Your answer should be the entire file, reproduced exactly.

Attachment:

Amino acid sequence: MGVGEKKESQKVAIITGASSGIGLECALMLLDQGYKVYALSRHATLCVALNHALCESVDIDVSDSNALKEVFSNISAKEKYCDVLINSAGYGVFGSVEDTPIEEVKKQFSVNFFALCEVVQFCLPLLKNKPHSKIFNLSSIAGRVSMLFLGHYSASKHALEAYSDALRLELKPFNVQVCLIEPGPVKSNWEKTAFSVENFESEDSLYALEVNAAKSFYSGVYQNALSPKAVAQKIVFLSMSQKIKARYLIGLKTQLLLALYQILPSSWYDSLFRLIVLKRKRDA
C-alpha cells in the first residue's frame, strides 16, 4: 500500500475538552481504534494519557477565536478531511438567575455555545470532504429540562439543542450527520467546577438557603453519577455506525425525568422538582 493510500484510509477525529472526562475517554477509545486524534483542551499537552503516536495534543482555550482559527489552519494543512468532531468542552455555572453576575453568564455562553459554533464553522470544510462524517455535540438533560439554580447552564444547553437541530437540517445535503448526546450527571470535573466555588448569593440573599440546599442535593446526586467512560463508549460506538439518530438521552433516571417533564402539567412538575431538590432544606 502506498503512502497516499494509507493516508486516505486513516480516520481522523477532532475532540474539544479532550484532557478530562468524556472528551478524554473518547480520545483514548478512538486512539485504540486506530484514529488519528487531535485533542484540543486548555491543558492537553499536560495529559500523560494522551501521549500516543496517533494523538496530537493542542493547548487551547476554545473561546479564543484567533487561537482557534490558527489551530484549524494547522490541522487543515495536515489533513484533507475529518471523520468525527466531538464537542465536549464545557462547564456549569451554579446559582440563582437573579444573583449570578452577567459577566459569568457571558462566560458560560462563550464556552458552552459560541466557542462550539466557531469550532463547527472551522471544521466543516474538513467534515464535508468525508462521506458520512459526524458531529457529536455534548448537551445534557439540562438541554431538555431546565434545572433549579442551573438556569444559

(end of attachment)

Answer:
Amino acid sequence: MGVGEKKESQKVAIITGASSGIGLECALMLLDQGYKVYALSRHATLCVALNHALCESVDIDVSDSNALKEVFSNISAKEKYCDVLINSAGYGVFGSVEDTPIEEVKKQFSVNFFALCEVVQFCLPLLKNKPHSKIFNLSSIAGRVSMLFLGHYSASKHALEAYSDALRLELKPFNVQVCLIEPGPVKSNWEKTAFSVENFESEDSLYALEVNAAKSFYSGVYQNALSPKAVAQKIVFLSMSQKIKARYLIGLKTQLLLALYQILPSSWYDSLFRLIVLKRKRDA
C-alpha cells in the first residue's frame, strides 16, 4: 500500500475538552481504534494519557477565536478531511438567575455555545470532504429540562439543542450527520467546577438557603453519577455506525425525568422538582 493510500484510509477525529472526562475517554477509545486524534483542551499537552503516536495534543482555550482559527489552519494543512468532531468542552455555572453576575453568564455562553459554533464553522470544510462524517455535540438533560439554580447552564444547553437541530437540517445535503448526546450527571470535573466555588448569593440573599440546599442535593446526586467512560463508549460506538439518530438521552433516571417533564402539567412538575431538590432544606 502506498503512502497516499494509507493516508486516505486513516480516520481522523477532532475532540474539544479532550484532557478530562468524556472528551478524554473518547480520545483514548478512538486512539485504540486506530484514529488519528487531535485533542484540543486548555491543558492537553499536560495529559500523560494522551501521549500516543496517533494523538496530537493542542493547548487551547476554545473561546479564543484567533487561537482557534490558527489551530484549524494547522490541522487543515495536515489533513484533507475529518471523520468525527466531538464537542465536549464545557462547564456549569451554579446559582440563582437573579444573583449570578452577567459577566459569568457571558462566560458560560462563550464556552458552552459560541466557542462550539466557531469550532463547527472551522471544521466543516474538513467534515464535508468525508462521506458520512459526524458531529457529536455534548448537551445534557439540562438541554431538555431546565434545572433549579442551573438556569444559